Downloaded from http://www.3d)
Taking the difference between the square of (4.uu.3b) (4.3a) (4. respectively. As shown by Einstein. 1. 3.3c) (4.1
T HE S PECIAL T HEORY
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51
where v = |v|. Hence.4) above to c2 t 2 − x 2 − y2 − z2 = c2 t 2 − x 2 − y 2 − z 2 (4.1. where the zeroth component is ct (c is the
Draft version released 23rd January 2003 at 18:57.se/CED/Book
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. A linear coordinate transformation which has this property is called a (homogeneous) Lorentz transformation.3) we see that the y and z coordinates are unaffected by the translational motion of the inertial system Σ along the x axis of system Σ.3b) we ﬁnd that c2 t 2 − x 2 = γ2 c2 t2 − 2xcβt + x2 β2 − x2 + 2xvt − v2 t2 v2 c2 2 2 = c t − x2 1− = 1 c2 t 2 1 − v2 c2 − x2 1 − v2 c2 (4. In the following. y. y .4)
From Equations (4. we ﬁnd that we can generalise the result in Equation (4. are connected by the following transformation: ct = γ(ct − xβ) x = γ(x − vt) y =y z =z (4. 2.5)
which means that if a light wave is transmitted from the coinciding origins O and O at time t = t = 0 it will arrive at an observer at (x. the two postulates of special relativity require that the spatial coordinates and times as measured by an observer in Σ and Σ .
4.

more accurately. To every such vector there exists a dual vector. x).5) on the preceding page. x2 . as deﬁned in Equation (4. because I am really not responsible for the fact that nature in its most fundamental aspect is fourdimensional. obtained as (the upper index µ in xµ is summed over and is therefore a dummy index and may be replaced by another dummy index ν): xµ = gµν xν (4. and the remaining components are the components of the ordinary R3 radius vector x deﬁned in Equation (M.8)
This scalar product acts as an invariant ‘distance’. x1 . . i.e.uu. four-dimensional vector space. is. which we denote by g µν . y.i
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speed of light and t is time).7)
This summation process is an example of index contraction and is often referred to as index lowering. described by Equation (4. Things are what they are. x3 ) = (ct.se/CED/Book
Draft version released 23rd January 2003 at 18:57. I do not apologise.
Radius four-vector in contravariant and covariant form
The radius four-vector xµ = (x0 .6) above. .1 We require that this four-dimensional space be a Riemannian space. In this space we therefore deﬁne a metric tensor. x1 . x2 .’
Downloaded from http://www. a vector in contravariant component form). the prototype of a contravariant vector (or. .6)
We want to interpret this quadruple xµ as (the component form of) a radius four-vector in a real. in this space..
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.1) on page 172: xµ = (x0 . x3 ) = (ct. The vector dual to xµ is the covariant vector xµ . by deﬁnition.
Scalar product and norm
The scalar product of xµ with itself in a Riemannian space is deﬁned as gµν xν xµ = xµ xµ (4. z) ≡ (ct. If we want the Lorentz transformation invariance. also known as the fundamental tensor. x. a space where a ‘distance’ and a scalar product are deﬁned. to be the manifestation of the conservation of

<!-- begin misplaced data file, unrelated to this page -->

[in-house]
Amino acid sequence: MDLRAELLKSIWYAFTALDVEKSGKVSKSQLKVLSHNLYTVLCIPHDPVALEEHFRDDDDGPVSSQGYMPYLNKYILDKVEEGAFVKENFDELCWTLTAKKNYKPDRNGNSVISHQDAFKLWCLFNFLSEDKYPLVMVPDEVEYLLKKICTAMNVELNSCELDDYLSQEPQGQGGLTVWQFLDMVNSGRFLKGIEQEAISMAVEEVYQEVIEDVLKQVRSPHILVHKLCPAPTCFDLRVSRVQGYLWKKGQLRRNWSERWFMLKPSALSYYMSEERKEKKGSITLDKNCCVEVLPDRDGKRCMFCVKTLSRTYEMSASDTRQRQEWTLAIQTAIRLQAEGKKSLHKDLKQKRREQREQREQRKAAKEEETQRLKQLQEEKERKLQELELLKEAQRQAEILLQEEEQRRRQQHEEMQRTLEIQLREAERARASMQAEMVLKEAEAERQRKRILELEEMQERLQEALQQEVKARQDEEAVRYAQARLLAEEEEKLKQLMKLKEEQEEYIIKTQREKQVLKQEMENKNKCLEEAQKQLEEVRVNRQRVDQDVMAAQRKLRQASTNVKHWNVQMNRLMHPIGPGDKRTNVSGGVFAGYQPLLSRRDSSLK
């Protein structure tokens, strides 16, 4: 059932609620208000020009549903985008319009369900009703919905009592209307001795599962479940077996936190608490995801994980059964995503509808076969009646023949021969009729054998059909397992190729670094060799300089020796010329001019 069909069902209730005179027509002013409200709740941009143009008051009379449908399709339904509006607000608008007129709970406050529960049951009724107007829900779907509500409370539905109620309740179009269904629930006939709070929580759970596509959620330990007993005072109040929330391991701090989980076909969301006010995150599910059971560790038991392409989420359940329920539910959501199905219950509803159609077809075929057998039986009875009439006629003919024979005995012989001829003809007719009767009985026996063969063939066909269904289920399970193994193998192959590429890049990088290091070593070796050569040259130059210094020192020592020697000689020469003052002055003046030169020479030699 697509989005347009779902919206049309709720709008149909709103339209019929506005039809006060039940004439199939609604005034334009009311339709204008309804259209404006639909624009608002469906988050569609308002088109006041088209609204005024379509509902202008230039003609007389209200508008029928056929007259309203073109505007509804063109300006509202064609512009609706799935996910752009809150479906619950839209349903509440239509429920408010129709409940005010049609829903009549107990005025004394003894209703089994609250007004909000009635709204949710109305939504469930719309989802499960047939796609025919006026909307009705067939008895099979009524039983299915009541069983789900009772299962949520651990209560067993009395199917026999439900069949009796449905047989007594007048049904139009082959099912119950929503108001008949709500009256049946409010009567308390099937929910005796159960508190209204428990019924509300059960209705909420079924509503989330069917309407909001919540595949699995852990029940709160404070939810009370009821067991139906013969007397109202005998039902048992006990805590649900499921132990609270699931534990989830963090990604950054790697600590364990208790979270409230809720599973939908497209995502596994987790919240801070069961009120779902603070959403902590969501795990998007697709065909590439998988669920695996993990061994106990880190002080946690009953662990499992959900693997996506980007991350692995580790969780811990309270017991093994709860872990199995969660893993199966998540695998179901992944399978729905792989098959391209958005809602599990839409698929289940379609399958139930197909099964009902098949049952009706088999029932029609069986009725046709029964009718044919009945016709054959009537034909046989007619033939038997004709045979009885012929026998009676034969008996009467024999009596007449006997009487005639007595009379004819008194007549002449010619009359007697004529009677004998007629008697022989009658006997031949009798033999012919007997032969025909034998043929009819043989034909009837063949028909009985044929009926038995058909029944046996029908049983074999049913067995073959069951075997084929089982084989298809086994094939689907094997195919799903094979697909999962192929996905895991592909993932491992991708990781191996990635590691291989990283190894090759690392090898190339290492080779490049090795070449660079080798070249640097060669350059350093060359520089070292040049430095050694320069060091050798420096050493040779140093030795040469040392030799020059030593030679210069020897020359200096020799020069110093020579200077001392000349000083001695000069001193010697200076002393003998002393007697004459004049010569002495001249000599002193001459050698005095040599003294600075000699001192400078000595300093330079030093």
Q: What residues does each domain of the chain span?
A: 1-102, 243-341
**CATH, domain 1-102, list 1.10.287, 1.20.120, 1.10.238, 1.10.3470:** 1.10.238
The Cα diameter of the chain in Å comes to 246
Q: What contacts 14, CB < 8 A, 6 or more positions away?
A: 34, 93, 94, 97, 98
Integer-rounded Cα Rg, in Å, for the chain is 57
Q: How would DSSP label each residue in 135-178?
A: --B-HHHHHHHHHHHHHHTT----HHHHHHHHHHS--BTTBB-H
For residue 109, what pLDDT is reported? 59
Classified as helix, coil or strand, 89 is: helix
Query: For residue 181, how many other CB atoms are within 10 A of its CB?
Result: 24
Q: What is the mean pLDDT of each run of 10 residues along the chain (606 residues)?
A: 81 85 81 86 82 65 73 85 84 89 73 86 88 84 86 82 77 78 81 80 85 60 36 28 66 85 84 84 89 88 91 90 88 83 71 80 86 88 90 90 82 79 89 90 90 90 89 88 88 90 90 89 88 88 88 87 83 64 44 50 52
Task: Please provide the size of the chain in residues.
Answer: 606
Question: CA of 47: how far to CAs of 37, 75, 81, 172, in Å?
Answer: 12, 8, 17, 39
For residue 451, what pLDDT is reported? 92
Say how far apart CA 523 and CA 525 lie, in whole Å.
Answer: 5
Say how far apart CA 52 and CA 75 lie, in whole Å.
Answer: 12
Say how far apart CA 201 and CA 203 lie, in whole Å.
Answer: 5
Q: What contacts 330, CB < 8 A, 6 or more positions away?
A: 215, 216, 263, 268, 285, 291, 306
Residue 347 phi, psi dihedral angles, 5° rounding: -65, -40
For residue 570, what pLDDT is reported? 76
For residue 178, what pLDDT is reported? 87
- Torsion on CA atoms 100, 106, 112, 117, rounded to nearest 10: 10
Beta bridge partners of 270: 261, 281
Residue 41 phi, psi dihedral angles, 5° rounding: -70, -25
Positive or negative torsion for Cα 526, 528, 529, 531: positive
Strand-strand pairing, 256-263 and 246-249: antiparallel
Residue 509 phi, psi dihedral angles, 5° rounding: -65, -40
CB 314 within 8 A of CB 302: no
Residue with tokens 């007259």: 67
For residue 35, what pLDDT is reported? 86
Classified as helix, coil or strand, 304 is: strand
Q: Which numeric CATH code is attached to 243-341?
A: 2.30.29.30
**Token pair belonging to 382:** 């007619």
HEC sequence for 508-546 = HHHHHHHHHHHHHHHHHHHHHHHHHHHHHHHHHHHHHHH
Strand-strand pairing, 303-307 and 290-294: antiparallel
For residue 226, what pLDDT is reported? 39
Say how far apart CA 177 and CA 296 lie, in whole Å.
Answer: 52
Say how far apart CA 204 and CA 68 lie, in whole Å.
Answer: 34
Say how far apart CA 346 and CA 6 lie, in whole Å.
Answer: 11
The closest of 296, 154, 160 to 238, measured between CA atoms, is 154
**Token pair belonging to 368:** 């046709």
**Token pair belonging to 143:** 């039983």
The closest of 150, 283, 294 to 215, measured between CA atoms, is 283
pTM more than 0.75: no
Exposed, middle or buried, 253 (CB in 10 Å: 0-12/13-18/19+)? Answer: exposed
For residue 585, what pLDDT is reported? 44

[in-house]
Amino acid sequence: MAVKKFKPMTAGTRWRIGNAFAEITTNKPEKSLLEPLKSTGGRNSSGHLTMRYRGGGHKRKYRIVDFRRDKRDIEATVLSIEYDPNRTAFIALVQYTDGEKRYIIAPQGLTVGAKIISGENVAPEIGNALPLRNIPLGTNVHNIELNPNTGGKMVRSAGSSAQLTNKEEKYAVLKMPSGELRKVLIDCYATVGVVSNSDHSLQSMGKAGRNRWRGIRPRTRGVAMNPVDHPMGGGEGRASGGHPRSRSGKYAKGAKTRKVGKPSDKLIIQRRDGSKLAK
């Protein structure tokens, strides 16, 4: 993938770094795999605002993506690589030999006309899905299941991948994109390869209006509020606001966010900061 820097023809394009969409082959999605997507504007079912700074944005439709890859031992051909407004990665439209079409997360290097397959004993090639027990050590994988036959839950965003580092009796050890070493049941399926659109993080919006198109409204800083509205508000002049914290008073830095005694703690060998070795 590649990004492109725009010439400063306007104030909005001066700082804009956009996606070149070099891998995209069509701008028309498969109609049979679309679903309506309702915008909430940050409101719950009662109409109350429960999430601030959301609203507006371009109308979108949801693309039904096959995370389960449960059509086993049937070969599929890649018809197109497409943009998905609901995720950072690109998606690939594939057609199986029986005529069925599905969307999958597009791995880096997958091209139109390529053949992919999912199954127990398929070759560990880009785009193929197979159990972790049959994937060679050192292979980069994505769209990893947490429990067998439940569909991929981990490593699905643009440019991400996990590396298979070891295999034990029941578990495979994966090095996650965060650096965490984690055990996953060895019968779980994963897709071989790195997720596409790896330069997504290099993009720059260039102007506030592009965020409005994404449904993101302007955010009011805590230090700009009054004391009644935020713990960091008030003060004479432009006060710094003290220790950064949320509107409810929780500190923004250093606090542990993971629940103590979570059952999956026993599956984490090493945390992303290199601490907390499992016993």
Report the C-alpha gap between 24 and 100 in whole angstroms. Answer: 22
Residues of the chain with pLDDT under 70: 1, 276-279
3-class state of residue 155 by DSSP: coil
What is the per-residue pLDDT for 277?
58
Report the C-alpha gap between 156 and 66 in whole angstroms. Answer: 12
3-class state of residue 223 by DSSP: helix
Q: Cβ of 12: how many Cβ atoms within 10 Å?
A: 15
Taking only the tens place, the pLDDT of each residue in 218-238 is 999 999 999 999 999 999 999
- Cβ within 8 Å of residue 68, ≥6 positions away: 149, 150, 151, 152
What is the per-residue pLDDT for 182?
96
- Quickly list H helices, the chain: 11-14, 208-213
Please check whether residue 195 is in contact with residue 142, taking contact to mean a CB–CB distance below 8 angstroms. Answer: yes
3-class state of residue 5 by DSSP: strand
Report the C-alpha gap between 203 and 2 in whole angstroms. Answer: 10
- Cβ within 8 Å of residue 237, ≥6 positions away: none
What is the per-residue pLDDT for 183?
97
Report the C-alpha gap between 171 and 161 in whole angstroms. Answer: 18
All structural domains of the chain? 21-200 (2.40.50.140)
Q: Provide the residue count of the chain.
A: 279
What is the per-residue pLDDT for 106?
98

1 The British mathematician and philosopher Alfred North Whitehead writes in his book The
Concept of Nature [13]: ‘I regret that it has been necessary for me in this lecture to administer a large dose of four-dimensional geometry. x) (4.plasma. or norm. linear.

if the metric tensor is deﬁned according to expression (4.13)
Hence. the index lowering operation in our chosen ﬂat 4D space becomes nearly trivial: xµ = gµν xν = (ct.11)
i.se/CED/Book
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. linear 4D space with a positive deﬁnite norm which is conserved during ordinary rotations is a Euclidean vector space. 1 0 0 0 0 −1 0 0 (gµν ) = 0 0 −1 0 0 0 0 −1
(4.plasma. in matrix notation.1
T HE S PECIAL T HEORY
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53
the norm in a 4D Riemannian space. −}.
Metric tensor
By choosing the metric tensor in L4 as 1 if µ = ν = 0 gµν = −1 if µ = ν = i = j = 1. then the explicit expression for the scalar product of xµ with itself in this space must be xµ x µ = c2 t 2 − x 2 − y2 − z2 (4. this can be written 0 0 x0 x 1 0 0 0 x x1 0 −1 0 0 x1 −x1 = x2 0 0 −1 0 x2 = −x2 x3 0 0 0 −1 x3 −x3 (4.i
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4. These
Draft version released 23rd January 2003 at 18:57..e. {+.10) above the covariant radius four-vector xµ is obtained from the contravariant radius fourvector xµ simply by changing the sign of the last three components. a matrix with a main diagonal that has the sign sequence.9)
We notice that our space will have an indeﬁnite norm which means that we deal with a non-Euclidean space.uu. A corresponding real. −. −. −x) Using matrix algebra. We call the four-dimensional space (or spacetime) with this property Lorentz space and denote it L4 . 2.10)
(4. or signature.12)
(4.
Downloaded from http://www. We denote such a space R4 . 3 0 if µ = ν or.

The latter has the advantage that the transition from 3D to 4D becomes smooth. As we see. one can alternatively choose a signature {−. Without changing the physics. covariant and mixed forms of the metric tensor hold: gµν = gνµ g = gµν gνκ g = g gκµ =
νκ κµ µν